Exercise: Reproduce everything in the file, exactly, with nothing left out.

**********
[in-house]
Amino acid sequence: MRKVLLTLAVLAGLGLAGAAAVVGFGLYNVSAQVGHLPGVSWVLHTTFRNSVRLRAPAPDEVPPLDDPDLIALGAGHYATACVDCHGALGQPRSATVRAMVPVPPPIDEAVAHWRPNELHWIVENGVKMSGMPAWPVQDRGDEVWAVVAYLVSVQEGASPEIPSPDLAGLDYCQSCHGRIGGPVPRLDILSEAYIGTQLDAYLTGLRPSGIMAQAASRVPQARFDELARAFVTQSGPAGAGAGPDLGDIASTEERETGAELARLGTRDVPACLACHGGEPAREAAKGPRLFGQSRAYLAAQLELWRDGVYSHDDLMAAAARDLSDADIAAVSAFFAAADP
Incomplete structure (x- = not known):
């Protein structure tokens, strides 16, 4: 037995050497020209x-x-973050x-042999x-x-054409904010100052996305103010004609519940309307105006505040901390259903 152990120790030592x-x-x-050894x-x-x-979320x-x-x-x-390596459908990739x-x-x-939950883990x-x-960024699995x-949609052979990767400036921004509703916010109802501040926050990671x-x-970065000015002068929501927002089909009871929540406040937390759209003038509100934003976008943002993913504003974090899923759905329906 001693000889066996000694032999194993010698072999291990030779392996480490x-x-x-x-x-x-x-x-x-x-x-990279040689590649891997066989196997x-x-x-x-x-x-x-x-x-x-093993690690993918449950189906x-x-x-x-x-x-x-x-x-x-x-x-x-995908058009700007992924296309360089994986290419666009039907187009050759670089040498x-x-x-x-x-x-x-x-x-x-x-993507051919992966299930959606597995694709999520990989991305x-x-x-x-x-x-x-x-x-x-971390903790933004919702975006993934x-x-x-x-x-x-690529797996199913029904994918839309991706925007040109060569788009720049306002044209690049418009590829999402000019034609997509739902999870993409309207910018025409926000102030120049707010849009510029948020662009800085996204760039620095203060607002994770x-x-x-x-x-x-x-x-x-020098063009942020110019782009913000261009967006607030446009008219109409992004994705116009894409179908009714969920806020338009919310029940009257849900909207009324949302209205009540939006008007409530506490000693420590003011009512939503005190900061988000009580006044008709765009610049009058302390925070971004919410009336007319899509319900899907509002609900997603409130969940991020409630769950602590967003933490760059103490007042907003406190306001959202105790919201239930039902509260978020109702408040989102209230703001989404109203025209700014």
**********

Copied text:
[in-house]
Amino acid sequence: MRKVLLTLAVLAGLGLAGAAAVVGFGLYNVSAQVGHLPGVSWVLHTTFRNSVRLRAPAPDEVPPLDDPDLIALGAGHYATACVDCHGALGQPRSATVRAMVPVPPPIDEAVAHWRPNELHWIVENGVKMSGMPAWPVQDRGDEVWAVVAYLVSVQEGASPEIPSPDLAGLDYCQSCHGRIGGPVPRLDILSEAYIGTQLDAYLTGLRPSGIMAQAASRVPQARFDELARAFVTQSGPAGAGAGPDLGDIASTEERETGAELARLGTRDVPACLACHGGEPAREAAKGPRLFGQSRAYLAAQLELWRDGVYSHDDLMAAAARDLSDADIAAVSAFFAAADP
Incomplete structure (x- = not known):
């Protein structure tokens, strides 16, 4: 037995050497020209x-x-973050x-042999x-x-054409904010100052996305103010004609519940309307105006505040901390259903 152990120790030592x-x-x-050894x-x-x-979320x-x-x-x-390596459908990739x-x-x-939950883990x-x-960024699995x-949609052979990767400036921004509703916010109802501040926050990671x-x-970065000015002068929501927002089909009871929540406040937390759209003038509100934003976008943002993913504003974090899923759905329906 001693000889066996000694032999194993010698072999291990030779392996480490x-x-x-x-x-x-x-x-x-x-x-990279040689590649891997066989196997x-x-x-x-x-x-x-x-x-x-093993690690993918449950189906x-x-x-x-x-x-x-x-x-x-x-x-x-995908058009700007992924296309360089994986290419666009039907187009050759670089040498x-x-x-x-x-x-x-x-x-x-x-993507051919992966299930959606597995694709999520990989991305x-x-x-x-x-x-x-x-x-x-971390903790933004919702975006993934x-x-x-x-x-x-690529797996199913029904994918839309991706925007040109060569788009720049306002044209690049418009590829999402000019034609997509739902999870993409309207910018025409926000102030120049707010849009510029948020662009800085996204760039620095203060607002994770x-x-x-x-x-x-x-x-x-020098063009942020110019782009913000261009967006607030446009008219109409992004994705116009894409179908009714969920806020338009919310029940009257849900909207009324949302209205009540939006008007409530506490000693420590003011009512939503005190900061988000009580006044008709765009610049009058302390925070971004919410009336007319899509319900899907509002609900997603409130969940991020409630769950602590967003933490760059103490007042907003406190306001959202105790919201239930039902509260978020109702408040989102209230703001989404109203025209700014």